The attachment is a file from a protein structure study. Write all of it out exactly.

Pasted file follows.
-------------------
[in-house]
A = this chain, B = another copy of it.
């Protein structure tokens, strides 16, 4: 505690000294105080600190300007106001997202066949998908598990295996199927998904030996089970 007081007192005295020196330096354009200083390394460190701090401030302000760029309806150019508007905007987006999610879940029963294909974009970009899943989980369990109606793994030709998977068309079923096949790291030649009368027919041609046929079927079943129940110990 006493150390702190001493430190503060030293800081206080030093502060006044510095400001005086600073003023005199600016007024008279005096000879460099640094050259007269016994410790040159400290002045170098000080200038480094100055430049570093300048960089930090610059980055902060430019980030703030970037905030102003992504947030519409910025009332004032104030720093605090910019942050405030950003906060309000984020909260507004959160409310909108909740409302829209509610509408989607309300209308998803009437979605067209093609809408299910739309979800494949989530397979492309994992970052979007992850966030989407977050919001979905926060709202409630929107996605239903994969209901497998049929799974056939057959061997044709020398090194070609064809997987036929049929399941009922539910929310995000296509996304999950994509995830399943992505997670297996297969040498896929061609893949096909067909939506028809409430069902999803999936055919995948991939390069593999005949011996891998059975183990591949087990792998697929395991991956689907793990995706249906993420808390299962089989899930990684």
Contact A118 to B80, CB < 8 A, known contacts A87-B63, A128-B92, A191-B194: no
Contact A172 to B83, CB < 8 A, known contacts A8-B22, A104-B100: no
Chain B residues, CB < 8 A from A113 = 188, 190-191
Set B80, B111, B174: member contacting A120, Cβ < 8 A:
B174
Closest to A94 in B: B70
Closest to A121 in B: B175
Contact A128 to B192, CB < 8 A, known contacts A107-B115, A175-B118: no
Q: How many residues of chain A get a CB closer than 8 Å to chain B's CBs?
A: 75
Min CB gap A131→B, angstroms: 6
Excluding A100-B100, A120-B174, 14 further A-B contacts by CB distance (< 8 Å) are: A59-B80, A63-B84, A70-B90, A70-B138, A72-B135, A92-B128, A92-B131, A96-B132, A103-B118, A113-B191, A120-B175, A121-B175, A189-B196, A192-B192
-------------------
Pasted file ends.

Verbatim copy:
[in-house]
A = this chain, B = another copy of it.
């Protein structure tokens, strides 16, 4: 505690000294105080600190300007106001997202066949998908598990295996199927998904030996089970 007081007192005295020196330096354009200083390394460190701090401030302000760029309806150019508007905007987006999610879940029963294909974009970009899943989980369990109606793994030709998977068309079923096949790291030649009368027919041609046929079927079943129940110990 006493150390702190001493430190503060030293800081206080030093502060006044510095400001005086600073003023005199600016007024008279005096000879460099640094050259007269016994410790040159400290002045170098000080200038480094100055430049570093300048960089930090610059980055902060430019980030703030970037905030102003992504947030519409910025009332004032104030720093605090910019942050405030950003906060309000984020909260507004959160409310909108909740409302829209509610509408989607309300209308998803009437979605067209093609809408299910739309979800494949989530397979492309994992970052979007992850966030989407977050919001979905926060709202409630929107996605239903994969209901497998049929799974056939057959061997044709020398090194070609064809997987036929049929399941009922539910929310995000296509996304999950994509995830399943992505997670297996297969040498896929061609893949096909067909939506028809409430069902999803999936055919995948991939390069593999005949011996891998059975183990591949087990792998697929395991991956689907793990995706249906993420808390299962089989899930990684």
Contact A118 to B80, CB < 8 A, known contacts A87-B63, A128-B92, A191-B194: no
Contact A172 to B83, CB < 8 A, known contacts A8-B22, A104-B100: no
Chain B residues, CB < 8 A from A113 = 188, 190-191
Set B80, B111, B174: member contacting A120, Cβ < 8 A:
B174
Closest to A94 in B: B70
Closest to A121 in B: B175
Contact A128 to B192, CB < 8 A, known contacts A107-B115, A175-B118: no
Q: How many residues of chain A get a CB closer than 8 Å to chain B's CBs?
A: 75
Min CB gap A131→B, angstroms: 6
Excluding A100-B100, A120-B174, 14 further A-B contacts by CB distance (< 8 Å) are: A59-B80, A63-B84, A70-B90, A70-B138, A72-B135, A92-B128, A92-B131, A96-B132, A103-B118, A113-B191, A120-B175, A121-B175, A189-B196, A192-B192